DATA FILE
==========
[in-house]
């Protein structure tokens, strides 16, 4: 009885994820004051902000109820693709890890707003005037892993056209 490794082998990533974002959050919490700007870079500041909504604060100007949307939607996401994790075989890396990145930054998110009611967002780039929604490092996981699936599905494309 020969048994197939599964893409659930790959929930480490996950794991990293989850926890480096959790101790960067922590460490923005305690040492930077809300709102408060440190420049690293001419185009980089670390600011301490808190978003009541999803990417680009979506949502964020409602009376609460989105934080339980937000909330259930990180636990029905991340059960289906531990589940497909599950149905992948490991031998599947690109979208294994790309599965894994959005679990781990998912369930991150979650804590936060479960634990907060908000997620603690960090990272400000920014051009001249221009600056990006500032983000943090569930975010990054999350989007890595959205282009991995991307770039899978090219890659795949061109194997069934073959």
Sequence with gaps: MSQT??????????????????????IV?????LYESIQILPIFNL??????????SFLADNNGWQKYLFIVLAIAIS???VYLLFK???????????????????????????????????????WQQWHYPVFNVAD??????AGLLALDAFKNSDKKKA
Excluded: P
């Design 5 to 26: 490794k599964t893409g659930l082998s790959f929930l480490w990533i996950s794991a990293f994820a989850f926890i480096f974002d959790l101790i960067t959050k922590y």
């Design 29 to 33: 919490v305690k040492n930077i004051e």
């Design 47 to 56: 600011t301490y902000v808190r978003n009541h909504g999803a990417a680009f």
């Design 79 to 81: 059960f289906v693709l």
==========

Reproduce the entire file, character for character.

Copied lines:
[in-house]
């Protein structure tokens, strides 16, 4: 009885994820004051902000109820693709890890707003005037892993056209 490794082998990533974002959050919490700007870079500041909504604060100007949307939607996401994790075989890396990145930054998110009611967002780039929604490092996981699936599905494309 020969048994197939599964893409659930790959929930480490996950794991990293989850926890480096959790101790960067922590460490923005305690040492930077809300709102408060440190420049690293001419185009980089670390600011301490808190978003009541999803990417680009979506949502964020409602009376609460989105934080339980937000909330259930990180636990029905991340059960289906531990589940497909599950149905992948490991031998599947690109979208294994790309599965894994959005679990781990998912369930991150979650804590936060479960634990907060908000997620603690960090990272400000920014051009001249221009600056990006500032983000943090569930975010990054999350989007890595959205282009991995991307770039899978090219890659795949061109194997069934073959």
Sequence with gaps: MSQT??????????????????????IV?????LYESIQILPIFNL??????????SFLADNNGWQKYLFIVLAIAIS???VYLLFK???????????????????????????????????????WQQWHYPVFNVAD??????AGLLALDAFKNSDKKKA
Excluded: P
């Design 5 to 26: 490794k599964t893409g659930l082998s790959f929930l480490w990533i996950s794991a990293f994820a989850f926890i480096f974002d959790l101790i960067t959050k922590y």
């Design 29 to 33: 919490v305690k040492n930077i004051e």
């Design 47 to 56: 600011t301490y902000v808190r978003n009541h909504g999803a990417a680009f």
């Design 79 to 81: 059960f289906v693709l």